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The secularism of celebration

The secularism of celebration

Author: Amrita Shah
Publication: The Indian Express
Date: November 22, 2001

Sociologists claim that the farther the contemporary Indian travels from his roots the more he seeks to return to them. Technology oddly plays a significant role in bridging the gap. Over a decade ago the forces of Hindutva showed how the media, for instance, particularly the new media, could be used to sell a revivalist message.

The strategy was sophisticated and included the more familiar media forms such as audio cassettes (the fiery speeches of Sadhvi Rithambhara) and influencing press reportage. But it was the then relatively new forms of video and cable television that were most effectively used by organisations operating under the Hindutva umbrella.

The Vishwa Hindu Parishad and its allies, such as the Shiv Sena, made a series of video films (Bhaye Prakat Kripala, Pran Jaaye Par Vachchan Na Jaaye, Ajinkya and so on). The films used music, sound effects, the latest editing techniques, multiple images and so on to create a highly emotive atmosphere in which a mixture of fact, myth and distortion was presented as history. One film for example ''recreated'' the rebirth of Rama in the Ramjanmabhoomi (in reference to the ''miracle'' of an idol being discovered on the premises); another presented the 1990 call for kar seva in Ayodhya as a crusade involving hordes of martyrs; and still another placed the emergence of the Shiv Sena as the central event in one of the most bizarrely encapsulated forms of Indian history one is likely to see.

In startling contrast to the video blitz but an essential part of the strategy was the appearance on local cable TV channels of political representatives, addressing voters not as representatives of a religious ideology but as activists involved in solving the practical problems of their constituents. The multi-pronged strategy went a long way in creating a Hindu consciousness and in translating it into an electoral advantage.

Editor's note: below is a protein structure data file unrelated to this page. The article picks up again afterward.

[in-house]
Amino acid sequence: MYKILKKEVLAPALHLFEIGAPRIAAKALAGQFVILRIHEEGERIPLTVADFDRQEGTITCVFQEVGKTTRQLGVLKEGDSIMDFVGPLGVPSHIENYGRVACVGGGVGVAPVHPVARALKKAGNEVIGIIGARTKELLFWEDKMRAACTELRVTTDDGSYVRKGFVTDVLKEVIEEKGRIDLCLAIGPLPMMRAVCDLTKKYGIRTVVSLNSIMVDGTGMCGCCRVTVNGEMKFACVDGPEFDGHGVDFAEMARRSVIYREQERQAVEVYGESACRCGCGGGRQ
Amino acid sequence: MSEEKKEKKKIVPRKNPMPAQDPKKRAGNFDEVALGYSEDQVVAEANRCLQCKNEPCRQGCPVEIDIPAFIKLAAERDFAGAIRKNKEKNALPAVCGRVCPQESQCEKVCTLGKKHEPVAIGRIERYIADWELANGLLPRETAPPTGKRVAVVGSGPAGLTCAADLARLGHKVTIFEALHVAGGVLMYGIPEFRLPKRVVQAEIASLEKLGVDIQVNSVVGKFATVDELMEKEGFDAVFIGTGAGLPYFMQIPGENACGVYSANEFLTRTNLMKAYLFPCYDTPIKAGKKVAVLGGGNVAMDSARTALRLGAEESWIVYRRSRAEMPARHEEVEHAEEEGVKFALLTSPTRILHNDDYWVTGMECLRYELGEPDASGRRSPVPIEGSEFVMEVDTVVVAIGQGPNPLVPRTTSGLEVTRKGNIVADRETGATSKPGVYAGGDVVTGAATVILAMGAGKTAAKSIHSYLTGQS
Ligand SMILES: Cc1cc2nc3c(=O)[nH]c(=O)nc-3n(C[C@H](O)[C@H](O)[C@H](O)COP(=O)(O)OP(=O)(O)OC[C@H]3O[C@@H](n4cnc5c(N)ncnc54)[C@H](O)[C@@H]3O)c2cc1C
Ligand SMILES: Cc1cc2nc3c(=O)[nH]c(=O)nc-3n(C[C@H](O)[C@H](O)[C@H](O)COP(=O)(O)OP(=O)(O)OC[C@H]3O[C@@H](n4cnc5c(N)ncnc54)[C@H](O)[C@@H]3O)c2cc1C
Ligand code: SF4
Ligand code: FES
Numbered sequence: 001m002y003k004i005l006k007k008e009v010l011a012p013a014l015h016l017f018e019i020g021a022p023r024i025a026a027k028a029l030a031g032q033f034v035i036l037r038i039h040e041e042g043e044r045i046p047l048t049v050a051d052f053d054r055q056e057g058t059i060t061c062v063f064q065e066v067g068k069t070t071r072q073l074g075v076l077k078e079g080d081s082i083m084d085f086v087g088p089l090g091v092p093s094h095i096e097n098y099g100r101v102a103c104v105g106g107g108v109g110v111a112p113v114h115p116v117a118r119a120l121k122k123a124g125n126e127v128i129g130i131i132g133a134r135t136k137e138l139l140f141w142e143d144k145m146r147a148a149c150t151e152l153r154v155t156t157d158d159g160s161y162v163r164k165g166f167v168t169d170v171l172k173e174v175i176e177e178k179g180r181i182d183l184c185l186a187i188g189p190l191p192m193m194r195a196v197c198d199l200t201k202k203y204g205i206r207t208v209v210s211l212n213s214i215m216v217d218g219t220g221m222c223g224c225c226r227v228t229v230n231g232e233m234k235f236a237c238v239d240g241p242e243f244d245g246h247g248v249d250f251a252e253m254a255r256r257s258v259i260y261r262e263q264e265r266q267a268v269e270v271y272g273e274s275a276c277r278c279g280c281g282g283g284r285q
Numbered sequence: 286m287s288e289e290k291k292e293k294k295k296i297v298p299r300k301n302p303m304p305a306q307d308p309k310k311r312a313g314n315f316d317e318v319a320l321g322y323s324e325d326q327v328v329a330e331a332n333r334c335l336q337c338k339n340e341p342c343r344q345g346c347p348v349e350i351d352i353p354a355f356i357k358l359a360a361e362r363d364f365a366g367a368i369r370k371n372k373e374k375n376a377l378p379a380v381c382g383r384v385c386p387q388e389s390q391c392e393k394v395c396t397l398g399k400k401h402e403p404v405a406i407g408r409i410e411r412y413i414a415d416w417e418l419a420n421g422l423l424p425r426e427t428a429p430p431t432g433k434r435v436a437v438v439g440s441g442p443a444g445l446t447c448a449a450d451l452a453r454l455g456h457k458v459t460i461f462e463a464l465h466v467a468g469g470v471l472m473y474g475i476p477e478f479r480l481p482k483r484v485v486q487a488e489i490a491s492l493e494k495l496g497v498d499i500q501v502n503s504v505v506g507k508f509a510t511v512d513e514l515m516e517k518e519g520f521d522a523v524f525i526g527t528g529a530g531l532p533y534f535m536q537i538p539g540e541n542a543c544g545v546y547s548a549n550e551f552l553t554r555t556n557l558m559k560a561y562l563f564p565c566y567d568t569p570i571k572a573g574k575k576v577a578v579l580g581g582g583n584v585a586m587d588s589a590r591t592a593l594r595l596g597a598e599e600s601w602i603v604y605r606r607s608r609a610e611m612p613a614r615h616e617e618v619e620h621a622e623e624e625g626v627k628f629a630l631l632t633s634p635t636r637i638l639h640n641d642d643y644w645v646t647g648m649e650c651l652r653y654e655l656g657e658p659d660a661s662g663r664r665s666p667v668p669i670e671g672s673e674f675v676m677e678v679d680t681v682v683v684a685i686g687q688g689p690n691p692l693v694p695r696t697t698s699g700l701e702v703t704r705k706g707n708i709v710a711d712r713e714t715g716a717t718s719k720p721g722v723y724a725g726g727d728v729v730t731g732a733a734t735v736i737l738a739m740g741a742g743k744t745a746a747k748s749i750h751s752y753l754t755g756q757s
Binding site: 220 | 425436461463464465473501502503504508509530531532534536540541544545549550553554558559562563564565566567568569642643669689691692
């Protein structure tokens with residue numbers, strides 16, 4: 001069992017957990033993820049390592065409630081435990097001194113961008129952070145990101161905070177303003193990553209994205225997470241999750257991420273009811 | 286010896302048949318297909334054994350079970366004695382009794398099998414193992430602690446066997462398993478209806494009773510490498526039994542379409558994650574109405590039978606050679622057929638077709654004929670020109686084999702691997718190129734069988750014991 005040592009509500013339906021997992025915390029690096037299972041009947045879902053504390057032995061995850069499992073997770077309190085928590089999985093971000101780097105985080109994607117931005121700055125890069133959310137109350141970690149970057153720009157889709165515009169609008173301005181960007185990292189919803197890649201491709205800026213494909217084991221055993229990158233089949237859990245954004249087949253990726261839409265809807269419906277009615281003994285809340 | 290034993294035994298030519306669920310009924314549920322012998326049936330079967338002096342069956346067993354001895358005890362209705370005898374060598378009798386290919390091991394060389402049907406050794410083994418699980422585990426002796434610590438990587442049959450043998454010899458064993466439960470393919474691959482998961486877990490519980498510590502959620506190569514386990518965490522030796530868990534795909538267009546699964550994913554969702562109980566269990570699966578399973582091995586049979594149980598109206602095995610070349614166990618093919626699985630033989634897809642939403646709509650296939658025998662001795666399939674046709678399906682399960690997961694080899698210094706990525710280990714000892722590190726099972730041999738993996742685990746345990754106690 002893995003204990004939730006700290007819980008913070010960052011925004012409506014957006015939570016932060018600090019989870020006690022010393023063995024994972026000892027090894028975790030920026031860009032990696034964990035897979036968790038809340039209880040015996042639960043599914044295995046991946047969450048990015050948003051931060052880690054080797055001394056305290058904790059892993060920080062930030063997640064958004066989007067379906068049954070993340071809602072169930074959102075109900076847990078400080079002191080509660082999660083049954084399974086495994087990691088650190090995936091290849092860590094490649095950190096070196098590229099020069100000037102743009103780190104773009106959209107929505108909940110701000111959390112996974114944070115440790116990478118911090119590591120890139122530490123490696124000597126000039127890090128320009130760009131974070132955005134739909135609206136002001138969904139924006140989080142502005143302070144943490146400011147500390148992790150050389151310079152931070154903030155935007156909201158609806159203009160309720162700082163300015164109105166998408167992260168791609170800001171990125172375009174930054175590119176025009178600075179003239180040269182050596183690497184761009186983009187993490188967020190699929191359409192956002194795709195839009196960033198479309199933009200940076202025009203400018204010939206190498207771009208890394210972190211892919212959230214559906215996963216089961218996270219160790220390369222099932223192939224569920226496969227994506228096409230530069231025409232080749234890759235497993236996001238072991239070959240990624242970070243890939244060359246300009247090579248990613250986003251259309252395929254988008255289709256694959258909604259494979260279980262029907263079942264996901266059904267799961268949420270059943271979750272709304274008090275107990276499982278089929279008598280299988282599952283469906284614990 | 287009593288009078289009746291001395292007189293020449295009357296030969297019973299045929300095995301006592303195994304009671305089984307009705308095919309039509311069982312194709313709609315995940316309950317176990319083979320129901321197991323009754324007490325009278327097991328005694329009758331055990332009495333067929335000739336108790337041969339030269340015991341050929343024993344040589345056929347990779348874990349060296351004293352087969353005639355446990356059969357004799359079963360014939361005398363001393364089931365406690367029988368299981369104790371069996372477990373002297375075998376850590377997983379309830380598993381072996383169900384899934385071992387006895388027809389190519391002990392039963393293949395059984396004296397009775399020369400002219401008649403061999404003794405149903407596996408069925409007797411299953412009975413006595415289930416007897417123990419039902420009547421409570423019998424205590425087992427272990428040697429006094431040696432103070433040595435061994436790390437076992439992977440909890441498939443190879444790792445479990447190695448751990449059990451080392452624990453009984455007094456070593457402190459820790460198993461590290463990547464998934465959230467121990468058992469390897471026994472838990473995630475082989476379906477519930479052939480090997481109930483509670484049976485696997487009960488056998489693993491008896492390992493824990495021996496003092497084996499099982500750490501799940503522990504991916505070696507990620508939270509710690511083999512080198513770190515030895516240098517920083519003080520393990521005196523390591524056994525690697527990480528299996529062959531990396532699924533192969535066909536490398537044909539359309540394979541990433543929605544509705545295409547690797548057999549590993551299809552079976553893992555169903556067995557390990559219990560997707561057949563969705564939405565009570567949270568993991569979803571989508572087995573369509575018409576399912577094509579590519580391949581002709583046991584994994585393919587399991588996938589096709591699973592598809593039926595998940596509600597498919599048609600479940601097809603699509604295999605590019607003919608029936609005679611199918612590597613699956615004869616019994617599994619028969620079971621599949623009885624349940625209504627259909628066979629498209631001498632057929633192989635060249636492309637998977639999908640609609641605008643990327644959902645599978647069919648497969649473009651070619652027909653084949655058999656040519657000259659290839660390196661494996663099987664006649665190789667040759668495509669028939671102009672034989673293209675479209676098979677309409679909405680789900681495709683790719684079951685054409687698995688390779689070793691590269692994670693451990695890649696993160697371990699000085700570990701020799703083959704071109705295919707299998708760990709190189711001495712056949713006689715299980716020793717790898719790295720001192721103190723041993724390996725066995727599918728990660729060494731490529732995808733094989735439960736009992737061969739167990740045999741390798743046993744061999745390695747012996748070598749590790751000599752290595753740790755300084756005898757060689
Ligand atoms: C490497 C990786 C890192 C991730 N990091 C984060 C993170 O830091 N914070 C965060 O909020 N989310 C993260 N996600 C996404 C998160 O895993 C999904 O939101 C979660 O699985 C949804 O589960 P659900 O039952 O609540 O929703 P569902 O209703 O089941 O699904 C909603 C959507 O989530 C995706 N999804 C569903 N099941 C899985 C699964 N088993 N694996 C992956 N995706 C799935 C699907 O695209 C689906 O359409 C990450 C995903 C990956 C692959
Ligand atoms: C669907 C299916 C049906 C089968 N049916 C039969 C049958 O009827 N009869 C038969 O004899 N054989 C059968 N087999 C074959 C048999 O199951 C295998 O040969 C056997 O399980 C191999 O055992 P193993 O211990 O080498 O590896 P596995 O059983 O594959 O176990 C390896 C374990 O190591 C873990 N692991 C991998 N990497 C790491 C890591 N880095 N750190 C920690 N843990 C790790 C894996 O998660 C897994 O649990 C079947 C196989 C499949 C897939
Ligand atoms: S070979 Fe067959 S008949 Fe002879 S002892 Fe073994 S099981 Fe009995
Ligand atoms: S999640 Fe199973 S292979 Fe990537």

Today, the media has proliferated even further and taken on new and fast evolving forms. It is interesting, however, to see how new technology still serves to revive the old. A telling example is the prominence acquired by festivals in contemporary urban society. Rituals and celebrations have always occupied a primary position in our country. But if there was any possibility of successive generations - influenced by modernisation and the anonymous fast-paced life of the city - giving up the traditions of the past then that possibility appears to have been nipped in the bud; and a major contributing factor has been the array of new media technology.

Television was probably the first to jump on to the festival bandwagon. For commercial purposes (what better way to attract advertising than a festival bonanza) and to provide hooks for and variety in programming the plethora of television channels have done an enormous deal to make festivals a significant feature of our times. Hype, constant reminders, discussions on rituals, customs and fashions, advertisements, the inclusion of festivals in plots of soaps and even coverage of live celebrations by local cable TV channels have been some of the means employed by television.

The web-site craze, although shortlived, also contributed to the festival fever. Various sites, particularly those devoted to women and non-resident Indians placed a significant emphasis on providing festival-specific information on customs, appropriate recipes, shopping and so on. But even more effective have been the proliferation of the means of easy communication. With the net have come spin-offs such as e-cards, e-rakhis and e-gifts. But even more revolutionary in this respect has been the arrival of the SMS. The convenience of this cheap and easy messaging service has probably seen more greetings exchanged during the Diwali season last week, between people who probably may never have wished each other on a festive occasion, than ever before.

On the face of it the phenomenon seems to promise a resurgence of old traditions, superstitions, religious chauvinism and rituals. On the other hand it could lead to a more secular outcome. The widespread coverage given to all sorts of festivals these days has served to expose members of various communities to the ways of people different from themselves and increased participation from across communities. The lavish disco dandiya celebrations in Mumbai during the nine days of navratri for instance, attract a heterogeneous crowd.

While, on the one hand, it is the specifics of festivals that are getting so much play, on the other, there is a tendency to lump all festivals - from Valentine's Day to Holi - in the same basket by emphasising that, ultimately, they are all about shopping and having a good time - aspects with a more universal appeal.

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